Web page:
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Attention passengers: A live map of the MBTA is now arriving — in your kitchen

MBTAgifts, the T's official shop, will sell prototypes of a real-time LED subway map called "TrainTrackr." Cambridge Hackspace/TrainTrackr/TrainTrackr

Have you always wanted to bring the experience of waiting for the Red Line right into your living room? OK, maybe not. But the hot new gift for the transit enthusiast in your life does that and more, in colorful, decorative fashion.

MBTAgifts, the officially licensed shop for T merchandise, is lighting up the holidays with a new prototype that it plans to sell on a larger scale in the coming months: a real-time LED map of the region’s sprawling subway system that’s compact enough to fit on a desk or bedside table.

Steve Beaucher, co-owner of WardMaps LLC and operator of MBTAgifts near Porter Square, unveiled a sample of the miniature map on Twitter on Saturday, to a bit of fanfare.


“Check out a prototype of our newest product,” the gift shop tweeted, “a real-time, WiFi, LED MBTA map.”

Called “TrainTrackr,” the digital maps were designed and created by Griffin van Horne and Richard Hawthorn of Cambridge Hackspace, a nonprofit in Somerville that provides its members with a physical workspace and tools such as laser cutters and 3-D printers so they can tinker with personal projects.

The square maps, which resemble a Lite-Brite, show the live movements of the T’s Orange, Green, Red, and Blue Line trains as they pass through the transit system. The blinking lights let users “quickly check the status of your line before you leave in the morning,” according to a product description on the project’s website.

Hawthorn, a freelance software developer and founder of Cambridge Hackspace, said the boards are able to give people a live look at what’s happening along the T by pulling train-location data from the MBTA’s public API, information that’s made publicly available to developers online.


“The board has a WiFi chip onboard that connects to the server, downloads the train location information . . . and then [displays it] on the LED lights,” he said in an e-mail. “This happens every minute, so you get to see the trains moving through the transport network in real-time.”

Hawthorn said he was inspired to launch the color-coded maps with van Horne because they combined a few of his passions: public transit and visualizing data using electronics.

“I’ve made weather boards for showing the local weather and graphs for rainfall on LEDs,” he said. “I’m currently also designing a board which shows how far I have run in a week, all on LEDs much like the train tracker.”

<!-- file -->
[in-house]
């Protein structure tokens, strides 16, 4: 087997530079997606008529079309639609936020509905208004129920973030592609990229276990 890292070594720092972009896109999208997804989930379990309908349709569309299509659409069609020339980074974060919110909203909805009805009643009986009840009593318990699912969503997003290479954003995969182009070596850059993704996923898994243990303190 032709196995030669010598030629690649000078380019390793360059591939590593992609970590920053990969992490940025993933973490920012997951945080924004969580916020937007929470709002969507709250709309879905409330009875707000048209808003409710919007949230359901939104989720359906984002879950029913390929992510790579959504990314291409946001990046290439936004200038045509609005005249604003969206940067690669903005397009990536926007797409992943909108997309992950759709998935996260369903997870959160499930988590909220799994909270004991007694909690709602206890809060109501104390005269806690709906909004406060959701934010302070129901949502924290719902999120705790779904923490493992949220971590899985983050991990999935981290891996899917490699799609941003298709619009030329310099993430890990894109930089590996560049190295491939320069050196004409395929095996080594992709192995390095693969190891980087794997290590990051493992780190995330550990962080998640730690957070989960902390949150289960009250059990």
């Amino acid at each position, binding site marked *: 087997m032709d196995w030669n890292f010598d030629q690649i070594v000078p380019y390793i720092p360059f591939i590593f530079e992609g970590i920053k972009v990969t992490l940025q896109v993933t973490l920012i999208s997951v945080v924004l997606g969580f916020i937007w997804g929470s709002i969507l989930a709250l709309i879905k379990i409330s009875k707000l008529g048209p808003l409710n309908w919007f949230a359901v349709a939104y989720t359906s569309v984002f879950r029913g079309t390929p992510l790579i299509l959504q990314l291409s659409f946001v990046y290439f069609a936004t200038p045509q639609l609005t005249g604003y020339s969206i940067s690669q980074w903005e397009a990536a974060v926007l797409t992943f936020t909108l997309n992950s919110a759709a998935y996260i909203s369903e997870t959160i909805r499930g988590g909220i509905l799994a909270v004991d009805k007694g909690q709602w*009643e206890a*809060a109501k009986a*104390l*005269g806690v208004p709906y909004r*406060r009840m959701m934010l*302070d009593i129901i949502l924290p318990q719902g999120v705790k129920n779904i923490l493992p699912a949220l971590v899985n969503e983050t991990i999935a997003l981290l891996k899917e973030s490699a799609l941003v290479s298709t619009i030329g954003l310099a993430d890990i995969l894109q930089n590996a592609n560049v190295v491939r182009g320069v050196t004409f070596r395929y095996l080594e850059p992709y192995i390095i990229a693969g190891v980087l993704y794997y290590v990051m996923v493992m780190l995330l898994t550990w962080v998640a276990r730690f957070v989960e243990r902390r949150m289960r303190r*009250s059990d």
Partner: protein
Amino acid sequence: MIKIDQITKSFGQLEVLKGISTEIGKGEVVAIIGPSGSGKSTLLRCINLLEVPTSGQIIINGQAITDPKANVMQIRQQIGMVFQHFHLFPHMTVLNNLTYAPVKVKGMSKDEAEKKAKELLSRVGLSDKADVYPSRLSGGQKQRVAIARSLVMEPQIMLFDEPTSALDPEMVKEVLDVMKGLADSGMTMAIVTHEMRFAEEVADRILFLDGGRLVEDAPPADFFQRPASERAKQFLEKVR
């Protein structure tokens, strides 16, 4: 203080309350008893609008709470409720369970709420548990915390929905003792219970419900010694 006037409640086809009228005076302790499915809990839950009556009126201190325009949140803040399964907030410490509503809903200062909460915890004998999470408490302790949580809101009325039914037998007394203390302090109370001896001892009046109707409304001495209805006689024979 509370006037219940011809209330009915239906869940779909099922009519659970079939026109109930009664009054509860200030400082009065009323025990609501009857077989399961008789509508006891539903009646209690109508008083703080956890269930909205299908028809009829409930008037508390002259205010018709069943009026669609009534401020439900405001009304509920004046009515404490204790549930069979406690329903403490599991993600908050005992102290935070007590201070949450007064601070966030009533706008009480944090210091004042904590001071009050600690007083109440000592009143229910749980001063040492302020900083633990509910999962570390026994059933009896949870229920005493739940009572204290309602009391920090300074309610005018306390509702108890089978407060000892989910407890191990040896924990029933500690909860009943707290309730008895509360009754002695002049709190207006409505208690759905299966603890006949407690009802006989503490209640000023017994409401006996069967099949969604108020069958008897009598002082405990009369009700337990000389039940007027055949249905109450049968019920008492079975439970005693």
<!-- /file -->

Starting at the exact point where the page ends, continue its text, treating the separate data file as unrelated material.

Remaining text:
Van Horne, a Brookline native and board member at Cambridge Hackspace, said he was enlisted by Hawthorn to assemble a batch of the MBTA tracker boards to sell locally. Once the boards were assembled, he designed a laser-cut stand for them and wrote out directions for setting up the maps.

“From there, Rich and I have worked together to sort out all of the other details that it’s taken to make TrainTrackr a reality,” he said in an e-mail. “It’s been exciting to work with Richard and help develop this project into a tangible, scalable product that people can soon have in their homes.”

Due to the size of the boards and budget constraints, not every T stop was added this time around. But future versions are likely to include the entire map.


A similar project to TrainTrackr was introduced four years ago — but it wasn’t for sale. In 2015, a Massachusetts Institute of Technology student built a real-time LED MBTA map that covered a large portion of his dorm room wall, using the same publicly available data.

Hawthorn, who recently moved back to the United Kingdom, said he hopes to go beyond the T and make maps for other subway systems. He already has prototypes for London and Stockholm, as well as half-finished designs for New York City’s and San Francisco’s public transit systems.

For now, only a few prototypes of the T maps will probably be available for sale for the holidays, through MBTAgifts. But the duo is building out the maps and ordering more. Those interested in eventually getting their hands on one of the digital maps can sign up on TrainTrackr’s website to receive notifications about the projects’ progress and rollout.

Or, to get a sample, they can keep an eye on MBTAgifts’ Twitter account and pop into the brick-and-mortar shop to see one that’s currently on display.

“People are really digging them,” said Beaucher of MBTAgifts, which gives a portion of its product sales to the T. “Once they see it’s real-time and see it change, they glow.”

Steve Annear can be reached at steve.annear@globe.com. Follow him on Twitter @steveannear.